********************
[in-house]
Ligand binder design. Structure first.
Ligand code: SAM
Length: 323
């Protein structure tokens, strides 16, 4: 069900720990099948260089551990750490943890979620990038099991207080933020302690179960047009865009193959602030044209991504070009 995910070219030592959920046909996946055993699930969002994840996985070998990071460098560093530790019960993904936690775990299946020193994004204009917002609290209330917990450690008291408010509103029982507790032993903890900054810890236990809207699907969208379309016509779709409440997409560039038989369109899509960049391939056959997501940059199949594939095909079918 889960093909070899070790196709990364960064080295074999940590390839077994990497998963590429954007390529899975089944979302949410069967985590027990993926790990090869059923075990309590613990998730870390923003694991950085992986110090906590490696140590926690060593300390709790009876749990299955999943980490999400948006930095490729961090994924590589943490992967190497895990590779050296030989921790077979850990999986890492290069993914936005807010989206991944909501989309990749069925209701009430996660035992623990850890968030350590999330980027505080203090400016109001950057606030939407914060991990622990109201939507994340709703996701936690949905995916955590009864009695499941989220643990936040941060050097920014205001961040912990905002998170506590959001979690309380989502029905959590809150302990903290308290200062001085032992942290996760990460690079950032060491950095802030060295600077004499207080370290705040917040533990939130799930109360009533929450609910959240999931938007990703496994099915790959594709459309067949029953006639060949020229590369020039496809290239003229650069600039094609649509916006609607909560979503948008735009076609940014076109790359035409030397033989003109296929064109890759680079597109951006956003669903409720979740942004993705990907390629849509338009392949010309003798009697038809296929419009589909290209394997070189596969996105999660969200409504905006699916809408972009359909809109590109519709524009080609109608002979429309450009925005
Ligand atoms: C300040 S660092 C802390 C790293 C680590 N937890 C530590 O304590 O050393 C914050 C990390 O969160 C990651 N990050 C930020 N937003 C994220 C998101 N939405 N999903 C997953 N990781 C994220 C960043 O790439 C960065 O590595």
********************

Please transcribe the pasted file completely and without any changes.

[in-house]
Ligand binder design. Structure first.
Ligand code: SAM
Length: 323
């Protein structure tokens, strides 16, 4: 069900720990099948260089551990750490943890979620990038099991207080933020302690179960047009865009193959602030044209991504070009 995910070219030592959920046909996946055993699930969002994840996985070998990071460098560093530790019960993904936690775990299946020193994004204009917002609290209330917990450690008291408010509103029982507790032993903890900054810890236990809207699907969208379309016509779709409440997409560039038989369109899509960049391939056959997501940059199949594939095909079918 889960093909070899070790196709990364960064080295074999940590390839077994990497998963590429954007390529899975089944979302949410069967985590027990993926790990090869059923075990309590613990998730870390923003694991950085992986110090906590490696140590926690060593300390709790009876749990299955999943980490999400948006930095490729961090994924590589943490992967190497895990590779050296030989921790077979850990999986890492290069993914936005807010989206991944909501989309990749069925209701009430996660035992623990850890968030350590999330980027505080203090400016109001950057606030939407914060991990622990109201939507994340709703996701936690949905995916955590009864009695499941989220643990936040941060050097920014205001961040912990905002998170506590959001979690309380989502029905959590809150302990903290308290200062001085032992942290996760990460690079950032060491950095802030060295600077004499207080370290705040917040533990939130799930109360009533929450609910959240999931938007990703496994099915790959594709459309067949029953006639060949020229590369020039496809290239003229650069600039094609649509916006609607909560979503948008735009076609940014076109790359035409030397033989003109296929064109890759680079597109951006956003669903409720979740942004993705990907390629849509338009392949010309003798009697038809296929419009589909290209394997070189596969996105999660969200409504905006699916809408972009359909809109590109519709524009080609109608002979429309450009925005
Ligand atoms: C300040 S660092 C802390 C790293 C680590 N937890 C530590 O304590 O050393 C914050 C990390 O969160 C990651 N990050 C930020 N937003 C994220 C998101 N939405 N999903 C997953 N990781 C994220 C960043 O790439 C960065 O590595």